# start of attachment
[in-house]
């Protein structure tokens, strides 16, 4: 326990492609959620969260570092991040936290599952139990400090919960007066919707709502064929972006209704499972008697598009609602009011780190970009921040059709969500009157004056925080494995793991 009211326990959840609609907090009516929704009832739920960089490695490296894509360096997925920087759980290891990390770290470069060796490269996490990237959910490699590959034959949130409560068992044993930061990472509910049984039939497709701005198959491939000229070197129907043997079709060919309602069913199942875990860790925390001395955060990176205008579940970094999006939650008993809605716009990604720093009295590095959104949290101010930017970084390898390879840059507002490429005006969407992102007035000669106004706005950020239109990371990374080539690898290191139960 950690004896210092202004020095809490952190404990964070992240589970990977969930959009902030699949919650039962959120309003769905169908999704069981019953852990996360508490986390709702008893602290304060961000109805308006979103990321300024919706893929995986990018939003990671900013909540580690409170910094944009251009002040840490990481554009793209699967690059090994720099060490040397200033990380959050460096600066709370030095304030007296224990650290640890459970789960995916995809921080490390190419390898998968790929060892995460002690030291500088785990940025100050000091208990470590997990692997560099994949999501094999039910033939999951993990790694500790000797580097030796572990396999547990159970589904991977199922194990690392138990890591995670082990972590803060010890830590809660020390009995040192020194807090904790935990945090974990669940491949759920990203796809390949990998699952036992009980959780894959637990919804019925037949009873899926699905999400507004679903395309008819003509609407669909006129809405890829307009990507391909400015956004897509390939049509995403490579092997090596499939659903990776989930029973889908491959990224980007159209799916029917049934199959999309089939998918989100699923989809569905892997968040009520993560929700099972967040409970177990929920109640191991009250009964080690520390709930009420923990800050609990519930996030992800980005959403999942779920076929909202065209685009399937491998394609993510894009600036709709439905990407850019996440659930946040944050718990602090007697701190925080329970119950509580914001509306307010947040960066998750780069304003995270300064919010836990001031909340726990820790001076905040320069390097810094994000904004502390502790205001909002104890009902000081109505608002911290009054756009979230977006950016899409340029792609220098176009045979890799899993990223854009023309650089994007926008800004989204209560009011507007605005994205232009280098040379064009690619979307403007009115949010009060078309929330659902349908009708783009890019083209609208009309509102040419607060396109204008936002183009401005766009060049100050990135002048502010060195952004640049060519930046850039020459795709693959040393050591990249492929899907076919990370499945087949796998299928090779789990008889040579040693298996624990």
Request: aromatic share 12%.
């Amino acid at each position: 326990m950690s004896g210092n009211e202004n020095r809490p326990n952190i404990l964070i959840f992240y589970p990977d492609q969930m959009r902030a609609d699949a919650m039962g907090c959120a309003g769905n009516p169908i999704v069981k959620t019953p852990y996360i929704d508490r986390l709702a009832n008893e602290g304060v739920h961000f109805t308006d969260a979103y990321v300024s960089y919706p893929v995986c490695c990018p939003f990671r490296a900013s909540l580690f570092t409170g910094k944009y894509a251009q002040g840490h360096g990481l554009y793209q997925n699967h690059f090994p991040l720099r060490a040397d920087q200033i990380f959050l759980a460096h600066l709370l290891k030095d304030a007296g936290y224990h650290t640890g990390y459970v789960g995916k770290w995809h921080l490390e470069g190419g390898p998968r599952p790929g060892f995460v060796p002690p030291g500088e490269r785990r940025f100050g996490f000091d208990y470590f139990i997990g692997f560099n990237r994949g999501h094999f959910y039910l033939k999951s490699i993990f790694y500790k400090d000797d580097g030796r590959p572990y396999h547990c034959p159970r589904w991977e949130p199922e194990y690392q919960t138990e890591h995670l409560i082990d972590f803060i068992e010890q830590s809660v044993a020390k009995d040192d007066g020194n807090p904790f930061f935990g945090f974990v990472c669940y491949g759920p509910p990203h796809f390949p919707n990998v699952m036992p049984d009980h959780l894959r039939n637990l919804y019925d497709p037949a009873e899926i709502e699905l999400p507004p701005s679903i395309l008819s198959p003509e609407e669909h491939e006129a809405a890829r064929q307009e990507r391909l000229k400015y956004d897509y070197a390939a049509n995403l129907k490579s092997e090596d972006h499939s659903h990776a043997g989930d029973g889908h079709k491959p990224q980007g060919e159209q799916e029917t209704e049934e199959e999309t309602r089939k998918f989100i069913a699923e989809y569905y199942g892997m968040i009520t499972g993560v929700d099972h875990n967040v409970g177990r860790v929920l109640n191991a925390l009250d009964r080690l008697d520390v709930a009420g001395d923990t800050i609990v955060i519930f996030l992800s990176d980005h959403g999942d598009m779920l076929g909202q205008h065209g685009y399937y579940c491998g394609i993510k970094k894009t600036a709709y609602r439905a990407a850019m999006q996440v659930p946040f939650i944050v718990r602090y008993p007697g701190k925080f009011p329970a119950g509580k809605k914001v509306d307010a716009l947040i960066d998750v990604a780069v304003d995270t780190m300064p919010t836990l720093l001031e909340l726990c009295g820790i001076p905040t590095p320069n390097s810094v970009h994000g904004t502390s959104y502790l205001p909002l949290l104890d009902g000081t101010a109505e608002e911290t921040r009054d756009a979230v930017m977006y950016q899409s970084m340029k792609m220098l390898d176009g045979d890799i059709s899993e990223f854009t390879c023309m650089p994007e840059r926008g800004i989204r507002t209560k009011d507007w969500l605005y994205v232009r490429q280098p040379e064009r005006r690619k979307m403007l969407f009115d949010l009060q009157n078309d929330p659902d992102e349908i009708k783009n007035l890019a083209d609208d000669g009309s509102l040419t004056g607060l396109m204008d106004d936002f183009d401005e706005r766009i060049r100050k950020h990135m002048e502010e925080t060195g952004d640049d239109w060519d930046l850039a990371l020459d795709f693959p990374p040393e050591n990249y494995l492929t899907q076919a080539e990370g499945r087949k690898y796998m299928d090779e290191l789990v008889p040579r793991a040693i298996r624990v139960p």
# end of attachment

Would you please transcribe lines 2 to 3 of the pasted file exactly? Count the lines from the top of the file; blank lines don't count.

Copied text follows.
């Protein structure tokens, strides 16, 4: 326990492609959620969260570092991040936290599952139990400090919960007066919707709502064929972006209704499972008697598009609602009011780190970009921040059709969500009157004056925080494995793991 009211326990959840609609907090009516929704009832739920960089490695490296894509360096997925920087759980290891990390770290470069060796490269996490990237959910490699590959034959949130409560068992044993930061990472509910049984039939497709701005198959491939000229070197129907043997079709060919309602069913199942875990860790925390001395955060990176205008579940970094999006939650008993809605716009990604720093009295590095959104949290101010930017970084390898390879840059507002490429005006969407992102007035000669106004706005950020239109990371990374080539690898290191139960 950690004896210092202004020095809490952190404990964070992240589970990977969930959009902030699949919650039962959120309003769905169908999704069981019953852990996360508490986390709702008893602290304060961000109805308006979103990321300024919706893929995986990018939003990671900013909540580690409170910094944009251009002040840490990481554009793209699967690059090994720099060490040397200033990380959050460096600066709370030095304030007296224990650290640890459970789960995916995809921080490390190419390898998968790929060892995460002690030291500088785990940025100050000091208990470590997990692997560099994949999501094999039910033939999951993990790694500790000797580097030796572990396999547990159970589904991977199922194990690392138990890591995670082990972590803060010890830590809660020390009995040192020194807090904790935990945090974990669940491949759920990203796809390949990998699952036992009980959780894959637990919804019925037949009873899926699905999400507004679903395309008819003509609407669909006129809405890829307009990507391909400015956004897509390939049509995403490579092997090596499939659903990776989930029973889908491959990224980007159209799916029917049934199959999309089939998918989100699923989809569905892997968040009520993560929700099972967040409970177990929920109640191991009250009964080690520390709930009420923990800050609990519930996030992800980005959403999942779920076929909202065209685009399937491998394609993510894009600036709709439905990407850019996440659930946040944050718990602090007697701190925080329970119950509580914001509306307010947040960066998750780069304003995270300064919010836990001031909340726990820790001076905040320069390097810094994000904004502390502790205001909002104890009902000081109505608002911290009054756009979230977006950016899409340029792609220098176009045979890799899993990223854009023309650089994007926008800004989204209560009011507007605005994205232009280098040379064009690619979307403007009115949010009060078309929330659902349908009708783009890019083209609208009309509102040419607060396109204008936002183009401005766009060049100050990135002048502010060195952004640049060519930046850039020459795709693959040393050591990249492929899907076919990370499945087949796998299928090779789990008889040579040693298996624990």
Request: aromatic share 12%.